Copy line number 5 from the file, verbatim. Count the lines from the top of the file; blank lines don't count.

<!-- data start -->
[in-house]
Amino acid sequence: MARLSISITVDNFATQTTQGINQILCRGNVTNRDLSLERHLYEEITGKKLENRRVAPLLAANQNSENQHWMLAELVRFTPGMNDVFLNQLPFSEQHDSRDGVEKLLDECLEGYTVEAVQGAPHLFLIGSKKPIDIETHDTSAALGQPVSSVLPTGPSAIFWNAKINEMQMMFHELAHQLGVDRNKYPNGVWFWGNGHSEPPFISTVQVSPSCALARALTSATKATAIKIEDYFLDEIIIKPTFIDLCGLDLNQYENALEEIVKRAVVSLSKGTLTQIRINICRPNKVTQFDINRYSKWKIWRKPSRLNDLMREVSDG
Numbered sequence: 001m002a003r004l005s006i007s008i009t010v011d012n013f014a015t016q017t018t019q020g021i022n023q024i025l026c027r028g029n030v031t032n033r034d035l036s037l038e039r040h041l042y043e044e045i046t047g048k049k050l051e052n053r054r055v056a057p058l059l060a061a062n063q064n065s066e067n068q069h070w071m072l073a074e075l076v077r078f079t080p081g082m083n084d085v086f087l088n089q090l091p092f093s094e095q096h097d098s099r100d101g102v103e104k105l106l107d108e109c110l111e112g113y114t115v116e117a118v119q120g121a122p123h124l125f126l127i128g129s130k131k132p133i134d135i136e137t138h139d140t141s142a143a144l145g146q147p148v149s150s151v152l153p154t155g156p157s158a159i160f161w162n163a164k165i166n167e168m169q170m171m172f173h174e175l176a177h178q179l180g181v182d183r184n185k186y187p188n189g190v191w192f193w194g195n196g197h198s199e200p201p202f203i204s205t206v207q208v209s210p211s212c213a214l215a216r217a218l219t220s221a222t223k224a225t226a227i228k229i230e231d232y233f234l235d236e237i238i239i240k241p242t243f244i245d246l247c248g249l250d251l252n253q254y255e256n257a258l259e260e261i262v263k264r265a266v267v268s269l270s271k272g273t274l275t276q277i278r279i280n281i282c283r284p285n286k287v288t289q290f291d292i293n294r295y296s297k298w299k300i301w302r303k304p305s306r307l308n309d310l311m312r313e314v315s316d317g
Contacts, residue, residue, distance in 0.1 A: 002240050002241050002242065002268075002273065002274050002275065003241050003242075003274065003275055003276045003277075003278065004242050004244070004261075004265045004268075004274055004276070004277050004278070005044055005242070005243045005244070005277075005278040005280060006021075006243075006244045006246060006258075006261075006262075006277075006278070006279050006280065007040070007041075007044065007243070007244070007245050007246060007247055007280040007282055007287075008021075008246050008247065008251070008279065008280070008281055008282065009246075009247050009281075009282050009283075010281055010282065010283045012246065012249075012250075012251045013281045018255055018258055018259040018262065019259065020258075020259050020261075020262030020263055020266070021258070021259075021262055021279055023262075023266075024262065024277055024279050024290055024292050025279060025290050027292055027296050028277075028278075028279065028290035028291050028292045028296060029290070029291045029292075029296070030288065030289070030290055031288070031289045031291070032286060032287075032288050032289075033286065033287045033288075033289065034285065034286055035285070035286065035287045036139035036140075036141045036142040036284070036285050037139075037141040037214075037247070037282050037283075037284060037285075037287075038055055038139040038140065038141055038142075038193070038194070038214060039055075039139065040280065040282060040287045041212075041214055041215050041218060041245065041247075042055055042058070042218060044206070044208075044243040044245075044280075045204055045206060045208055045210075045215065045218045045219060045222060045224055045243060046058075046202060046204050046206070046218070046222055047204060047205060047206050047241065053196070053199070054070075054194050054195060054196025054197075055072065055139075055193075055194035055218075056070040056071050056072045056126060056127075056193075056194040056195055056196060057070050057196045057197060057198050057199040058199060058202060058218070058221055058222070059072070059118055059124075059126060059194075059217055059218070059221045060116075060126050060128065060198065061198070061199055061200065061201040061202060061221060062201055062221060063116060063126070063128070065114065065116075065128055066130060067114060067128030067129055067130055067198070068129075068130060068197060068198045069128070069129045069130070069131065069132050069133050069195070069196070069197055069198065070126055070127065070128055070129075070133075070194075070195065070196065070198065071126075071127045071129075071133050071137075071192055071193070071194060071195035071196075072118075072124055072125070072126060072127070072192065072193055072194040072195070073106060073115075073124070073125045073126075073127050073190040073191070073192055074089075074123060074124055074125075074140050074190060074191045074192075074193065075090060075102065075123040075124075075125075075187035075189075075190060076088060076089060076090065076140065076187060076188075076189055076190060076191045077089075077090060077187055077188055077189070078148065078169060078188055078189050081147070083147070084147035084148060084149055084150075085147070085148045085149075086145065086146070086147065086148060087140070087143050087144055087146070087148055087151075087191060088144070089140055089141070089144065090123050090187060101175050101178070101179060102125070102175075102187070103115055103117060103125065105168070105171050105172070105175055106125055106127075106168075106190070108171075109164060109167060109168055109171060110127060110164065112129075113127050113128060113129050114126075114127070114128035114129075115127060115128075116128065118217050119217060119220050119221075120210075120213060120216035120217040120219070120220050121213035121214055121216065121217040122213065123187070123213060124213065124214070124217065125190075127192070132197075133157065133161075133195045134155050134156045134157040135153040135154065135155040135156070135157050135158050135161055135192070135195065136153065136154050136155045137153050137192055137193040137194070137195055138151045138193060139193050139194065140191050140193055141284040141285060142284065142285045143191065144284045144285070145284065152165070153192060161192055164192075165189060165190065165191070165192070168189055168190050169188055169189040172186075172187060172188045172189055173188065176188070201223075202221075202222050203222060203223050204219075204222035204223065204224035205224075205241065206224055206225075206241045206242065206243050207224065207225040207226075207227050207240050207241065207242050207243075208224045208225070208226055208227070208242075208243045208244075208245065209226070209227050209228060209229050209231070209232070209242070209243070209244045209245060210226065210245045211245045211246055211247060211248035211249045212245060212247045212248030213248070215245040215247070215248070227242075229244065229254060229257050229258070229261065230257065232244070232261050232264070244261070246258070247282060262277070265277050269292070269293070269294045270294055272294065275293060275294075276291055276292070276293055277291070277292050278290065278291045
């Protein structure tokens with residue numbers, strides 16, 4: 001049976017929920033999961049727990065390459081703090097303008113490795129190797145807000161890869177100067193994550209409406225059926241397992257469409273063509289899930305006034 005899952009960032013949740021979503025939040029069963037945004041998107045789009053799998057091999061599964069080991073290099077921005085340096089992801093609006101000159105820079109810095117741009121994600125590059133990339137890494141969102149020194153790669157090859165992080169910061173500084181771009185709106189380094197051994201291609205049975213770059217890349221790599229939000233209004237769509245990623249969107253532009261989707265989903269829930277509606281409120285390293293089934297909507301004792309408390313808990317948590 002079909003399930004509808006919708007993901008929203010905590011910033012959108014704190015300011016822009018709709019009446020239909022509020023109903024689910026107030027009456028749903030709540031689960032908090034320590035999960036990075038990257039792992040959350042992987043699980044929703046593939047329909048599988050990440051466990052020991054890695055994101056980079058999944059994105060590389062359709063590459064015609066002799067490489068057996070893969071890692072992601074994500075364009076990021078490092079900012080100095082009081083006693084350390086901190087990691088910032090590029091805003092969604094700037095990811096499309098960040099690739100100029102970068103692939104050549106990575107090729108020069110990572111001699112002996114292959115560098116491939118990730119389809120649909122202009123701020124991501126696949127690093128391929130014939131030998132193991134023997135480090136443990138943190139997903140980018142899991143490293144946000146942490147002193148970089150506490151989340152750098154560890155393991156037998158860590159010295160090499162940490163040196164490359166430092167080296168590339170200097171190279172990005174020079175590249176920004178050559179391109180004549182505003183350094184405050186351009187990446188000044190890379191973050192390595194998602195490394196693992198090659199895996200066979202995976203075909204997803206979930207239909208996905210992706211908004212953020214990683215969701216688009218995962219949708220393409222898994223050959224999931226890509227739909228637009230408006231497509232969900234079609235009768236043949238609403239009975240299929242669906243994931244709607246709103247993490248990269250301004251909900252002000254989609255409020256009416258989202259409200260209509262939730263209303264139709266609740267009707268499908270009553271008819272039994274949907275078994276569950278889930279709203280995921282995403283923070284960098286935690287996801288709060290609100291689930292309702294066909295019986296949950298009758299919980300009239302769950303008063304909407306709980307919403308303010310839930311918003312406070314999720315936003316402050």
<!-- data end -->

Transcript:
């Protein structure tokens with residue numbers, strides 16, 4: 001049976017929920033999961049727990065390459081703090097303008113490795129190797145807000161890869177100067193994550209409406225059926241397992257469409273063509289899930305006034 005899952009960032013949740021979503025939040029069963037945004041998107045789009053799998057091999061599964069080991073290099077921005085340096089992801093609006101000159105820079109810095117741009121994600125590059133990339137890494141969102149020194153790669157090859165992080169910061173500084181771009185709106189380094197051994201291609205049975213770059217890349221790599229939000233209004237769509245990623249969107253532009261989707265989903269829930277509606281409120285390293293089934297909507301004792309408390313808990317948590 002079909003399930004509808006919708007993901008929203010905590011910033012959108014704190015300011016822009018709709019009446020239909022509020023109903024689910026107030027009456028749903030709540031689960032908090034320590035999960036990075038990257039792992040959350042992987043699980044929703046593939047329909048599988050990440051466990052020991054890695055994101056980079058999944059994105060590389062359709063590459064015609066002799067490489068057996070893969071890692072992601074994500075364009076990021078490092079900012080100095082009081083006693084350390086901190087990691088910032090590029091805003092969604094700037095990811096499309098960040099690739100100029102970068103692939104050549106990575107090729108020069110990572111001699112002996114292959115560098116491939118990730119389809120649909122202009123701020124991501126696949127690093128391929130014939131030998132193991134023997135480090136443990138943190139997903140980018142899991143490293144946000146942490147002193148970089150506490151989340152750098154560890155393991156037998158860590159010295160090499162940490163040196164490359166430092167080296168590339170200097171190279172990005174020079175590249176920004178050559179391109180004549182505003183350094184405050186351009187990446188000044190890379191973050192390595194998602195490394196693992198090659199895996200066979202995976203075909204997803206979930207239909208996905210992706211908004212953020214990683215969701216688009218995962219949708220393409222898994223050959224999931226890509227739909228637009230408006231497509232969900234079609235009768236043949238609403239009975240299929242669906243994931244709607246709103247993490248990269250301004251909900252002000254989609255409020256009416258989202259409200260209509262939730263209303264139709266609740267009707268499908270009553271008819272039994274949907275078994276569950278889930279709203280995921282995403283923070284960098286935690287996801288709060290609100291689930292309702294066909295019986296949950298009758299919980300009239302769950303008063304909407306709980307919403308303010310839930311918003312406070314999720315936003316402050």